Baghdad, Iraq (CNN) -- Iraqi Prime Minister Nuri al-Maliki said he does not fear a return to terrorism and sectarian violence despite a spate of pre-election bombings and political assassinations in the run-up to parliamentary elections this weekend.
"I am not afraid of terrorism spreading or returning again, because we have an army, police and adequate security forces, and there is national unity that took hold following national reconciliation between Sunnis and Shiites," al-Maliki said in an exclusive interview with CNN's Arwa Damon.
Iraq was wracked with sectarian violence after the 2003 U.S. invasion that ousted President Saddam Hussein, but left a power vacuum, which exposed lingering hostilities between Muslim sects and ethnic groups.
In the most recent attack, more than 30 people died in a trio of suicide attacks Wednesday in the central Iraqi city of Baquba. Sunni insurgents continue to fight U.S. troops and Iraqi security forces in Diyala province, where Baquba is the capital.
U.S. and Iraqi officials have warned of large-scale attacks in the run-up to the voting. Al Qaeda in Iraq's umbrella group, the Islamic State of Iraq, has promised to disrupt the elections.
The Iraqi military also said intelligence reports indicate that al Qaeda in Iraq fighters "are increasingly staging politically motivated assassinations" to undermine the Iraqi government and the elections.
More than 6,000 candidates are competing for 325 seats in the Iraqi parliament in Sunday's ballot, the second to be held since the fall of Hussein. Early voting has begun for those who will be unable to cast their ballots when the rest of the country starts voting Sunday. They include thousands of military and security personnel, detainees, hospital staff and patients.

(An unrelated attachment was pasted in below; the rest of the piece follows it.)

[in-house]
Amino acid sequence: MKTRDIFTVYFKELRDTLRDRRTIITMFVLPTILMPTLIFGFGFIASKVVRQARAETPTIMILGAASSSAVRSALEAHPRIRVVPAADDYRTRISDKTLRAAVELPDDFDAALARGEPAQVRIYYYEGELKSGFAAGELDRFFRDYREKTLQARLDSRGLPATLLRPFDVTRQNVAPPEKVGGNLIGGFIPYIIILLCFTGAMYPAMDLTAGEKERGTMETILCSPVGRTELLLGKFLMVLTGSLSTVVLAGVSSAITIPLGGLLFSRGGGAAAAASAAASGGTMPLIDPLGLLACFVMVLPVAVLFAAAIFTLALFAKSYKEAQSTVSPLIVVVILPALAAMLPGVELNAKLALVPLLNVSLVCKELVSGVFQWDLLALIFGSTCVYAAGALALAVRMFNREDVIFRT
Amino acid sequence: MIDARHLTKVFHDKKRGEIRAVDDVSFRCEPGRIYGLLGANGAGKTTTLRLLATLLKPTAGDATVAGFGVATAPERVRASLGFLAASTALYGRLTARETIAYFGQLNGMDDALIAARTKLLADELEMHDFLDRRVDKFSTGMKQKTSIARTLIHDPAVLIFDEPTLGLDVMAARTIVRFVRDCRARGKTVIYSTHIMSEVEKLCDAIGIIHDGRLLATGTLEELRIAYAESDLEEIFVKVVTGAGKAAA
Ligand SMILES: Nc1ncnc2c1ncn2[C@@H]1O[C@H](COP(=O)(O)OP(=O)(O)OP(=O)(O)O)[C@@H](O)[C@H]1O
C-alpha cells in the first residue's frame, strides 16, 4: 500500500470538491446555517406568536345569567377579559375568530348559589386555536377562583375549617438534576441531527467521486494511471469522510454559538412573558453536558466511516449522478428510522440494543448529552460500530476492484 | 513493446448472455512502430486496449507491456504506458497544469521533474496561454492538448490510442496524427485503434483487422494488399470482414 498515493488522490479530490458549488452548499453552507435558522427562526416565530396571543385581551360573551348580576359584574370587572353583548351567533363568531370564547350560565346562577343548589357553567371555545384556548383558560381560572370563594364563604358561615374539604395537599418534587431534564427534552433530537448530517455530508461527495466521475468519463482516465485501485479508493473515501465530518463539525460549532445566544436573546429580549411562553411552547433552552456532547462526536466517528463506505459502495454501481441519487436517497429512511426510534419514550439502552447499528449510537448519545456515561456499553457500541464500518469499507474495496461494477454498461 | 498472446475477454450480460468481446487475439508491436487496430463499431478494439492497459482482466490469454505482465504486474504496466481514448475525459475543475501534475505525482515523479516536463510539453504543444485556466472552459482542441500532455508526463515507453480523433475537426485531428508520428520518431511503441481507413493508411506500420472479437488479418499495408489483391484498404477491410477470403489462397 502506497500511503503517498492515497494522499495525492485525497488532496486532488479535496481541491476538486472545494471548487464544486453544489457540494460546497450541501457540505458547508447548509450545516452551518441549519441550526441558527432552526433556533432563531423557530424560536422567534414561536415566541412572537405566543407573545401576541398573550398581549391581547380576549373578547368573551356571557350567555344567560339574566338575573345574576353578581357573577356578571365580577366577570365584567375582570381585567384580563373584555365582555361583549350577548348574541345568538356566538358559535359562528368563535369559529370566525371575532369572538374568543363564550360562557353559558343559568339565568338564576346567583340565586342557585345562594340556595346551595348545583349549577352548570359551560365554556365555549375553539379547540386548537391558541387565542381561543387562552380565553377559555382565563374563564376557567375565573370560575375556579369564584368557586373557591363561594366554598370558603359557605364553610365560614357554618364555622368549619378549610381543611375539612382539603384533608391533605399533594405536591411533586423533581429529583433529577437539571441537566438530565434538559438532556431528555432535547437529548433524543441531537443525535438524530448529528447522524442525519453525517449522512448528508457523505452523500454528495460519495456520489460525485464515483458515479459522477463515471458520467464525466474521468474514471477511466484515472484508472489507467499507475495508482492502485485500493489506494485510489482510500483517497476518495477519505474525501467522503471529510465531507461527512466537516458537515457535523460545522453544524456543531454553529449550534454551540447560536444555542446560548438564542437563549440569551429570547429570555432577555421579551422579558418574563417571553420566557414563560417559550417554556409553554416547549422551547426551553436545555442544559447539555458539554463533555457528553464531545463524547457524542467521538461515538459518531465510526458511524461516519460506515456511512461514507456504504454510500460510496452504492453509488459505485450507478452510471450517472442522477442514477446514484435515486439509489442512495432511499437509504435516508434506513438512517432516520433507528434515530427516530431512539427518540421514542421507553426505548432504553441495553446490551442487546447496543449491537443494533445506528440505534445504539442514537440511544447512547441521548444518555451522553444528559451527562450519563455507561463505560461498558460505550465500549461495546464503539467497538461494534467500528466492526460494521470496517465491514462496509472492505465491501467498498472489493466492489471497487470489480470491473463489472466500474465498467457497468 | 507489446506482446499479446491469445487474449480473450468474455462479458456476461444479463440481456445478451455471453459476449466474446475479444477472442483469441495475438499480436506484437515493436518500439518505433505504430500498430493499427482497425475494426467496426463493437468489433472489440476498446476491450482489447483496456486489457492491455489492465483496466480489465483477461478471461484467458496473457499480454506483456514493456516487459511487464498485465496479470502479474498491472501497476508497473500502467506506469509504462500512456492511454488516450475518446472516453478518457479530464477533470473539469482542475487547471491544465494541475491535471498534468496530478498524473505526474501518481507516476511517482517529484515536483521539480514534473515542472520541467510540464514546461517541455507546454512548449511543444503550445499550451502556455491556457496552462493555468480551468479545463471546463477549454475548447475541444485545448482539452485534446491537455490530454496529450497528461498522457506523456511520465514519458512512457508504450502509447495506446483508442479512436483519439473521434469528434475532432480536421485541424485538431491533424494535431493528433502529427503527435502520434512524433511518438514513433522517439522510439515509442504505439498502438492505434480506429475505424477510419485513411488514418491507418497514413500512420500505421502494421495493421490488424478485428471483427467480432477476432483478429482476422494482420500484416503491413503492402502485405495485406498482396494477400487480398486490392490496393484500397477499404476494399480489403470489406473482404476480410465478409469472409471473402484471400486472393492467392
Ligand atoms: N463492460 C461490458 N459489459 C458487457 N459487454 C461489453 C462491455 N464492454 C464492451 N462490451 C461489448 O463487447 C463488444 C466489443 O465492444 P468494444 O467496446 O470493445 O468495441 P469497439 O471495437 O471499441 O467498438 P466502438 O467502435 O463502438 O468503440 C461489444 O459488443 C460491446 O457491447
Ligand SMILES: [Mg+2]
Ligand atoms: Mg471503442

Al-Maliki has left open the possibility of asking U.S. forces to stay in Iraq longer than planned, depending on the security situation and the readiness of Iraqi troops.
Damon asked the prime minster Thursday whether he would ask the United States to extend any of its deadlines for withdrawing troops.
"This depends on the future, on whether the established Iraqi army and police would be enough or not," he said, "so this issue is depending on the developments of the circumstances, and regulated by the Strategic Framework Agreement between the United States and Iraq."
He has not previously said he would consider asking U.S. forces to extend any of their withdrawal deadlines.
When asked if the situation dictated it, would he be willing to have U.S. forces extend their stay in Iraq," al-Maliki replied "Absolutely."
The United States plans to withdraw all of its combat troops by the end of August, leaving 50,000 in advisory roles, and then withdraw those by the end of 2011.